Although there is no satisfactory explanation for the delay of more than one and one-half years from the date of the information obtained by the police until the arrest, there is no suggestion of any attempt by the state to gain a tactical advantage. The inspector who first handled this investigation of the complaints of seventeen victims retired a little more than one year after the first complaints about the defendant were received. Another inspector completed the investigation and the prosecution was instituted about six months later.

The defendant has failed to show that any actual prejudice has been caused by the delay. In her brief she relies upon the death of two witnesses, her son and her mother-in-law, "with whom the defendant spent much of her time during the period in question and whose severe illness during the period in question serves to explain much of the defendant's actions." We can only conjecture how the illness of these possible witnesses could constitute a defense to the criminal charges against the defendant. There is no indication in the record that they were present when any of the transactions with the larceny victims took place. We agree with the conclusion of the trial court that the defendant has failed to demonstrate any actual prejudice from the delay and that her motion to dismiss should be denied.

V

The remainder of the errors claimed by the defendant may be treated briefly.

The numerous rulings on evidence which are challenged were well within the discretionary authority of a trial judge to determine the relevance of the evidence and involved no prejudice to the defendant. State v. Periere, 186 Conn. 599, 607-608, 442 A.2d 1345 (1982).

The tardy disclosure of letters written by one of the state's witnesses to the Stamford chief of police and to the governor was not deliberate. The prosecutor made them known as soon as he discovered them in the police file. The defendant chose not to avail herself of the opportunity to recall the witness for further cross-examination regarding the contents of the letters. See State v. Cosgrove, 186 Conn. 476, 488, 442 A.2d 1320 (1982). Another witness, who testified that she had given statements to the police which had not been produced, was referring to her oral conversations with the police. See Practice Book 748, 752. The prosecutor, who had requested the police to furnish any records or notes of the interviews, appears to have done all that was reasonably possible in this situation.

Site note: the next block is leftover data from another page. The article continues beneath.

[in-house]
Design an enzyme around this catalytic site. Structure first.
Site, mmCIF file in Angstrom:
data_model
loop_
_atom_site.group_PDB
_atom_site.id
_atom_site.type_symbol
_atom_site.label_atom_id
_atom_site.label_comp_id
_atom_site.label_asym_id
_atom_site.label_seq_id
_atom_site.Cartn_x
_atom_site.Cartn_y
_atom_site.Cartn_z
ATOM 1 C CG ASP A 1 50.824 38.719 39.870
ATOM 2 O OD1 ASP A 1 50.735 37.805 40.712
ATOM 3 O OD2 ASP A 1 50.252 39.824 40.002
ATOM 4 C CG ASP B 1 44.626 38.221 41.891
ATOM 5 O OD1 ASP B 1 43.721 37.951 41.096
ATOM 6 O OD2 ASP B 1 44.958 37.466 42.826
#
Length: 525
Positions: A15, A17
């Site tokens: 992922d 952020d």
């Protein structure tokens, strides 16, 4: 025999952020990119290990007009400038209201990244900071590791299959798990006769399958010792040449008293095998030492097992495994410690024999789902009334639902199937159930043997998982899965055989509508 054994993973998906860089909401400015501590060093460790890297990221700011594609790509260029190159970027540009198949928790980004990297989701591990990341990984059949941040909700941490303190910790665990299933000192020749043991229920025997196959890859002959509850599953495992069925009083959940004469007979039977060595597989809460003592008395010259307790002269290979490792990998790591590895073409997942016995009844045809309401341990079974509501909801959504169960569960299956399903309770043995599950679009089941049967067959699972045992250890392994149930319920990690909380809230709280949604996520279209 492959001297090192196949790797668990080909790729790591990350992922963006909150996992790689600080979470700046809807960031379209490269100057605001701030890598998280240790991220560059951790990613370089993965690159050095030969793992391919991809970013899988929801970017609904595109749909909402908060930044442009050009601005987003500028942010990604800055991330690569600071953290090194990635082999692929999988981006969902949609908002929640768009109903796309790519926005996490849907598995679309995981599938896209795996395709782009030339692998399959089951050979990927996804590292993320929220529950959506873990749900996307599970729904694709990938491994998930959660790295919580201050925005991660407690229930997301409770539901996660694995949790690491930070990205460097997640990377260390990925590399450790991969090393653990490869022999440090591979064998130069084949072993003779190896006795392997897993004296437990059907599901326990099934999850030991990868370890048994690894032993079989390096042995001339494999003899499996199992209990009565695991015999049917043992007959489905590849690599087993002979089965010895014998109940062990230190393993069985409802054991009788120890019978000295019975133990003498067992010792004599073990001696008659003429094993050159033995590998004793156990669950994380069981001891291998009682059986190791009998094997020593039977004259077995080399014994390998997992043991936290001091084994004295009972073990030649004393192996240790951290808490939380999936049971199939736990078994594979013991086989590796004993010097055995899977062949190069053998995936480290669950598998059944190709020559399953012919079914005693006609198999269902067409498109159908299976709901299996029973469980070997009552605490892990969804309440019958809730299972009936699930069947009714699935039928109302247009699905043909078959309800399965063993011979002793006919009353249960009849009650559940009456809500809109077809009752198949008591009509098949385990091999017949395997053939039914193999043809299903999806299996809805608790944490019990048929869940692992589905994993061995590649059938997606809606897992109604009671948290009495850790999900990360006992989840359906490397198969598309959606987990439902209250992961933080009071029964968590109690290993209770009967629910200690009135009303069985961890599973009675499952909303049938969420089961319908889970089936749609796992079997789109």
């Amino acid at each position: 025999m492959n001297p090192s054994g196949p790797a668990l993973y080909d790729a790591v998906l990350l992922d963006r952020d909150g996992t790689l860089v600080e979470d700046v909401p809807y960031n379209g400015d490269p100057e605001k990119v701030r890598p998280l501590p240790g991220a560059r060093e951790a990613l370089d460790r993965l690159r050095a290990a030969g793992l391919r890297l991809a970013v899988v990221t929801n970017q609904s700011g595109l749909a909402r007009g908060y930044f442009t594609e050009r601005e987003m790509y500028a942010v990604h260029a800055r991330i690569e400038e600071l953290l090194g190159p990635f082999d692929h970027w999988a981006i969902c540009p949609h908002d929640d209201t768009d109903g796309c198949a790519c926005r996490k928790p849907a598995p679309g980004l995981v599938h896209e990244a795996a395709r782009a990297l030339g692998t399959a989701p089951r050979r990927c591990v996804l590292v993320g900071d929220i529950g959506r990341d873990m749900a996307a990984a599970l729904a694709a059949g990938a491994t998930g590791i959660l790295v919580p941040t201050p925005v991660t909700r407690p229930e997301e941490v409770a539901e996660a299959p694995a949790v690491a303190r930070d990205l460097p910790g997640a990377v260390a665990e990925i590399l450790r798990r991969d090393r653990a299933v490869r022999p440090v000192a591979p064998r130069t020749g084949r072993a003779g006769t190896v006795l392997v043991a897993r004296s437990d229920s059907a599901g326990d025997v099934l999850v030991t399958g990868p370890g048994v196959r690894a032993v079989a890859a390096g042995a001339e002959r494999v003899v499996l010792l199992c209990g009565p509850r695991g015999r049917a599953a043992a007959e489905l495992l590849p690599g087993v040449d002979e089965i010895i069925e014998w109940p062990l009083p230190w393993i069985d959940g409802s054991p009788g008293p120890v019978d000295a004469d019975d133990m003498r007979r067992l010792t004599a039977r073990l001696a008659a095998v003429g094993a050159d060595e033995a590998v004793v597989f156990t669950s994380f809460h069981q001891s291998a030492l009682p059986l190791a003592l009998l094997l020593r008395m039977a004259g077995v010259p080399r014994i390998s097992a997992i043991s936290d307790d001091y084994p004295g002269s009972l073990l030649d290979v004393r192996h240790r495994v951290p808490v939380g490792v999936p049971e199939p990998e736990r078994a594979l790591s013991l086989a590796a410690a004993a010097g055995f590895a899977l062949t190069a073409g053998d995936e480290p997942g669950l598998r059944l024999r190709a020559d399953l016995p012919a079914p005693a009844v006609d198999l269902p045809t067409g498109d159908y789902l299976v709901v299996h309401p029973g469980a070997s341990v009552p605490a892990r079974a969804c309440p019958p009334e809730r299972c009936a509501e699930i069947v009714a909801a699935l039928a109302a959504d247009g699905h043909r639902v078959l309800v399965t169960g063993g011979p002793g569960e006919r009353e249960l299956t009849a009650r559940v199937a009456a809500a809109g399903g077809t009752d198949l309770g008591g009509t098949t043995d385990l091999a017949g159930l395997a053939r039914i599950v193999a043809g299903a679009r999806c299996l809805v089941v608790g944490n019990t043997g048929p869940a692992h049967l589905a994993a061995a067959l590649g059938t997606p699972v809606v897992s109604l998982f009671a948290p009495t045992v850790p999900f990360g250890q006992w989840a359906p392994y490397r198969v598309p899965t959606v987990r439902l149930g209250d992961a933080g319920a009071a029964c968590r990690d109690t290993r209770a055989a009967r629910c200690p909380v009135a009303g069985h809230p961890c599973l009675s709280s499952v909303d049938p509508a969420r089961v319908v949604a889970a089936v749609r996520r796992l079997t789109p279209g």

The right of the state to a closing argument is provided by the rules of practice. Practice Book 874(4). No authority is cited by the defendant to support her claim that this practice deprived her of a fair trial.

The trial court properly denied the defendant's request to charge the jury that if the victims "gave said money to the defendant by their own consent, then you must find the defendant not guilty." Such an instruction would have been quite misleading in this case where the charge of larceny is based upon fraud or embezzlement. See General Statutes 53a-119 (1), (2) and (3). With respect to another error claimed in the charge, which was not even made the subject of an exception, the court was correct in using the disjunctive in the phrase "intent to deprive another of property or to appropriate the same." General Statutes 53a-119. The use of the conjunctive in the information was in conformance with approved practice and did not impose on the State any greater burden than that required by the statute for a conviction. 41 Am.Jur.2d, Indictments and Informations 214. Another deficiency claimed in the instructions concerning innocent participation in a crime was corrected by the trial court to the apparent satisfaction of the defendant, since no further exception was taken to the additional instruction.

It does appear that when some checks had been admitted as exhibits the court had excluded the bank markings on the reverse side of them for lack of proper authentication. The checks were handed to the jury along with other exhibits for use in their deliberations with the excluded markings uncovered. Counsel for the defendant and the state inspected these documents before they were handed to the jury. We are not convinced that the possibility that the jury may have seen those bank markings on the checks was sufficiently prejudicial as to warrant a new trial.

We agree with the rulings of the trial court denying the defendant's motions to dismiss because of the failure to include exculpatory information in the affidavit supporting the arrest warrant application. The affidavit adequately supported a finding of probable cause.